The much ballyhooed mortgage task force seems to be hewing to the Obama play book of believing that any problem can be solved with better propaganda.
Recall that there has been a great deal of not-very-convincing pushback on the revelation that this initiative has only 50 people working on it, and it’s pretty certain that they are people who were working on existing mortgage-related investigations in various Federal agencies that are simply now reporting to the task force.
The latest tidbit, per Reuters (hat tip Matt L) appears to prove the critics’ dim views:
In addition to the 50 positions the department previously announced, the DOJ is hiring 10 new assistant U.S. attorneys in districts that include Massachusetts and Colorado, according to job listings on the agency’s website.
The department is also hiring five financial analysts and auditors to help understand and identify evidence, the official, who declined to be named, said.
It is also focused on civil laws, including a little-used federal statute called FIRREA, which may make such cases easier to bring.
So we have yet to be completed incremental staffing of a grand total of 15? 65 people pursuing to the biggest consumer fraud in American history, when the savings & loan crisis had 1000 FBI agents tasked to it?
The worst is the insulting five financial analysts. Tell me how “financial analysts” are supposed to get up to speed on securitization. There aren’t that many people who are experts who are willing to educate people going against the banks, and I’d bet big money that the Feds won’t be able to hire anyone of that caliber (they’d make more doing expert witness gigs).
But an even worse sign, the task force appears to be shunning assistance from that very sort of expert. One colleague reported that he has spoken to attorneys who said they were involved with the Schneiderman task force. He has argued that many of the SEC cases filed as civil suits, such as the Goldman and Citigroup CDO cases, could have been brought as criminal cases. Two months ago, they were very eager to speak with him. They’ve since gone radio silent.
Why? The excuse through the grapevine is that the failed Bear Stearns prosecutions show it’s just too hard to prevail on criminal charges. Bollocks. Those suits were badly conceived. The SEC relied on what it thought was decisive evidence in various e-mails. It failed to do enough discovery (critically, enough in the way of depositions of the targets) to find out that the e-mails didn’t necessarily tell the whole story. Those suits failed due to lazy, hasty preparation, and probably also to poor choice of target (the Bear Stearns funds were investors, and thus in many ways victims more than perps).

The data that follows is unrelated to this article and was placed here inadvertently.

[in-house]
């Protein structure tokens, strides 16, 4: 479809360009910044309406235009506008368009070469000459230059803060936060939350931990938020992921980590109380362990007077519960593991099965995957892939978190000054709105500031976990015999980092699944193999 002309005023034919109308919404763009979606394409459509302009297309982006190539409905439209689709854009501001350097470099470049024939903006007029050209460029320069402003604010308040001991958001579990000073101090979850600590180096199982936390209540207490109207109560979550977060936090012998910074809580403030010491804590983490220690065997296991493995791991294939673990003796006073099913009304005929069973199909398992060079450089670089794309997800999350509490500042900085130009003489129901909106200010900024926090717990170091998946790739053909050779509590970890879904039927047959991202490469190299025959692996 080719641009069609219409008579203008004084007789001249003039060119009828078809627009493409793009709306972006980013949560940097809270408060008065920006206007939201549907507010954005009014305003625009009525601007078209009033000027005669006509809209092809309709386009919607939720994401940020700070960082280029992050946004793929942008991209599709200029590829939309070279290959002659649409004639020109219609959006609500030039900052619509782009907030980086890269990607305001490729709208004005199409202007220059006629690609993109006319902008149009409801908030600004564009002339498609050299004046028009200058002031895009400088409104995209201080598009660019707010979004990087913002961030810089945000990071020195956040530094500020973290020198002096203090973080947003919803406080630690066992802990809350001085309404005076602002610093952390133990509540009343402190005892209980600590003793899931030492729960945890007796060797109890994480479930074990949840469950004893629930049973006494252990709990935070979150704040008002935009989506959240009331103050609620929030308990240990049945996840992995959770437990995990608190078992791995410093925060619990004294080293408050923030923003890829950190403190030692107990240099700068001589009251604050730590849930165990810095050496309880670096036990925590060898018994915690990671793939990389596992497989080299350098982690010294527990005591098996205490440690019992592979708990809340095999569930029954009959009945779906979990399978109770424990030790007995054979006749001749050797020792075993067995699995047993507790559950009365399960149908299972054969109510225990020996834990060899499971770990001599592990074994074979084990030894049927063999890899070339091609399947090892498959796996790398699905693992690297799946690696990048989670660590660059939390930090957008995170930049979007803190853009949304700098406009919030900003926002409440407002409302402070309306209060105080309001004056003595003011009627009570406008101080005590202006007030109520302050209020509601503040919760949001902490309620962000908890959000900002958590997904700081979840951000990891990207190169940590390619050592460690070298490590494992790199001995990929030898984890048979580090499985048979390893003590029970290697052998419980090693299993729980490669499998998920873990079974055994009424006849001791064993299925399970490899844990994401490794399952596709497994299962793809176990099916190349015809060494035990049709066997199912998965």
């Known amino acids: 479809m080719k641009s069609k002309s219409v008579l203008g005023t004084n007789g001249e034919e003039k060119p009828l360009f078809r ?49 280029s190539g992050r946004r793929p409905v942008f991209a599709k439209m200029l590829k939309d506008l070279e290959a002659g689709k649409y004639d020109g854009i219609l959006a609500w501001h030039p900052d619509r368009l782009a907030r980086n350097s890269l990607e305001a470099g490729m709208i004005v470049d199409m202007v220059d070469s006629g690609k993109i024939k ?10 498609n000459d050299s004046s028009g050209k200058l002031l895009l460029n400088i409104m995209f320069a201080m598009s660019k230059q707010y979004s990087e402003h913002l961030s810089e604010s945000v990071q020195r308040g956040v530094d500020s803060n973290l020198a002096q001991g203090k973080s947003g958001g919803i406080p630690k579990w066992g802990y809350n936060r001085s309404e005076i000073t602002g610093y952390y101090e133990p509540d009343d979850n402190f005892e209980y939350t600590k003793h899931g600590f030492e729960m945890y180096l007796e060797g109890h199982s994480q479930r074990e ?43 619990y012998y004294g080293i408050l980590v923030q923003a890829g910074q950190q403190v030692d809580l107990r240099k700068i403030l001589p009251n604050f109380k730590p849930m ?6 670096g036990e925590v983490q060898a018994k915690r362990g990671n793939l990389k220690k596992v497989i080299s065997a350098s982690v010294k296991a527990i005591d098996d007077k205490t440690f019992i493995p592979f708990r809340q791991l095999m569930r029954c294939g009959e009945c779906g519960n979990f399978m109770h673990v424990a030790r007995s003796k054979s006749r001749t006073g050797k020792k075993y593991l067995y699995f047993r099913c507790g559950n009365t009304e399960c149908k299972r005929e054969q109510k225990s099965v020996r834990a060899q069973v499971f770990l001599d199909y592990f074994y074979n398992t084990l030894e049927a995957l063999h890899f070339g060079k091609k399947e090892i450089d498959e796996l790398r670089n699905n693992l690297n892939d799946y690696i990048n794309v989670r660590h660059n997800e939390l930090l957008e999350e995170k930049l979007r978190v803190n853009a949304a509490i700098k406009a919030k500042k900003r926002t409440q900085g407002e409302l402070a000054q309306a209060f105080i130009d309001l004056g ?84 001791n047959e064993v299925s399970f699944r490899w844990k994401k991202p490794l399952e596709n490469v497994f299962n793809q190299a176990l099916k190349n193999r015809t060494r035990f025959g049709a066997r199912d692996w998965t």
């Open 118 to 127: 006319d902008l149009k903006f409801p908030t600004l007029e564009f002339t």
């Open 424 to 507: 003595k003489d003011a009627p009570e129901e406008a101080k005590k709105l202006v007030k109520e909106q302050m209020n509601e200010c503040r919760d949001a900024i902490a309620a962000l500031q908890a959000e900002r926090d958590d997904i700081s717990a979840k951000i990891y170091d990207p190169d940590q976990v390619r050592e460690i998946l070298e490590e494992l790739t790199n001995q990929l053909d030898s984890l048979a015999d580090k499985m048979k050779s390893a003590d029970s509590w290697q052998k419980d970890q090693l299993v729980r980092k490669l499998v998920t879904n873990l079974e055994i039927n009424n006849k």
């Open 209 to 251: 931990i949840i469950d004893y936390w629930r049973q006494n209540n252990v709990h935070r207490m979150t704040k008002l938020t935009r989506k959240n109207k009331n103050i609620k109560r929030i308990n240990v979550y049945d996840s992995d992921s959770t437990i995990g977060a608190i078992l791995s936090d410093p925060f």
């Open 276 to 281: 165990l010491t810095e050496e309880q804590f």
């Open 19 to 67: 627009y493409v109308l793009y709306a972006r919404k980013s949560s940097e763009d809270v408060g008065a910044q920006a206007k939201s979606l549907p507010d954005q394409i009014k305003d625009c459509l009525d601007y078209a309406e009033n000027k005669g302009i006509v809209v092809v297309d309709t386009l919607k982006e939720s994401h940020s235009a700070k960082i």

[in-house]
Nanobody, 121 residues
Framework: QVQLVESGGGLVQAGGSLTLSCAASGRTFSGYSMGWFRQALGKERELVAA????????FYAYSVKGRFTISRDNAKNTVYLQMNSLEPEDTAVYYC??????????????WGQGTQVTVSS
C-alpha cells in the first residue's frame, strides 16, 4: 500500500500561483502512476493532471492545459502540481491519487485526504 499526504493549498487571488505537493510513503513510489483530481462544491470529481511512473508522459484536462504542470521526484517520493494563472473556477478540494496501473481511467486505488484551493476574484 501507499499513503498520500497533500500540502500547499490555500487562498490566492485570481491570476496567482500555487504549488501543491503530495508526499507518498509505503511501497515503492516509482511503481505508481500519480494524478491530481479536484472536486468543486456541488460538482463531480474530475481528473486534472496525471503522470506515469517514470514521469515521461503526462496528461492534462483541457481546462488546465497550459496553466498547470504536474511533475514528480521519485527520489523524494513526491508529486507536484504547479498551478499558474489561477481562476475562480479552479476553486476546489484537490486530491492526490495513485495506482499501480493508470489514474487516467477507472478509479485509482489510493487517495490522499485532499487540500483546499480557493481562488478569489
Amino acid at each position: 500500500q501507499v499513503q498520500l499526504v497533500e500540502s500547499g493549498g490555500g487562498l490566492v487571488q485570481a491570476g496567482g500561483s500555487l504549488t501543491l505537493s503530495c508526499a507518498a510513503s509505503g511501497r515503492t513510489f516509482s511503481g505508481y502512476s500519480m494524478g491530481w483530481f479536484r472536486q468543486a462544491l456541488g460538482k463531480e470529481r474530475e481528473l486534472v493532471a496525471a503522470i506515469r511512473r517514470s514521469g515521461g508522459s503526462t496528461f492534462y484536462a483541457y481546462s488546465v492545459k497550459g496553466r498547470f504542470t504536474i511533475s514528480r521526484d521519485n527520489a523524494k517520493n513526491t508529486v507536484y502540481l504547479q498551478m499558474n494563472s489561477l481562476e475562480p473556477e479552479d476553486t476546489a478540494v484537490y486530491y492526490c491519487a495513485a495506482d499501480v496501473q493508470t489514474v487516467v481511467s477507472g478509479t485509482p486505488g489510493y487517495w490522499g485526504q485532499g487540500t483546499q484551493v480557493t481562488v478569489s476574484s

The real reason is that the Administration has absolutely no interest in pulling hard on the fraud thread and seeing what it unravels. This is an election year and the banks are one of the very biggest donor groups, second only to health care. Obama’s policy is not to look back, and Geithner last week repeated the official mantra that the banks were just hoist on their own petard. How convenient. From The Hill (hat tip Amanda):
Geithner took things a step further, suggesting that it was primarily human nature, not criminal actions, that caused the crisis.
“Rarely is an actual crime a material source of the damage. This is a tragic thing. I wish it were different,” he said. “You cannot legislate away stupidity and risk-taking and greed and recklessness.”
Funny how we don’t accept “human nature” as an excuse for wife-beating, illegal drug use, statutory rape, or embezzlement. But if you are powerful enough to have a Treasury secretary doing your PR, presumably any conduct goes.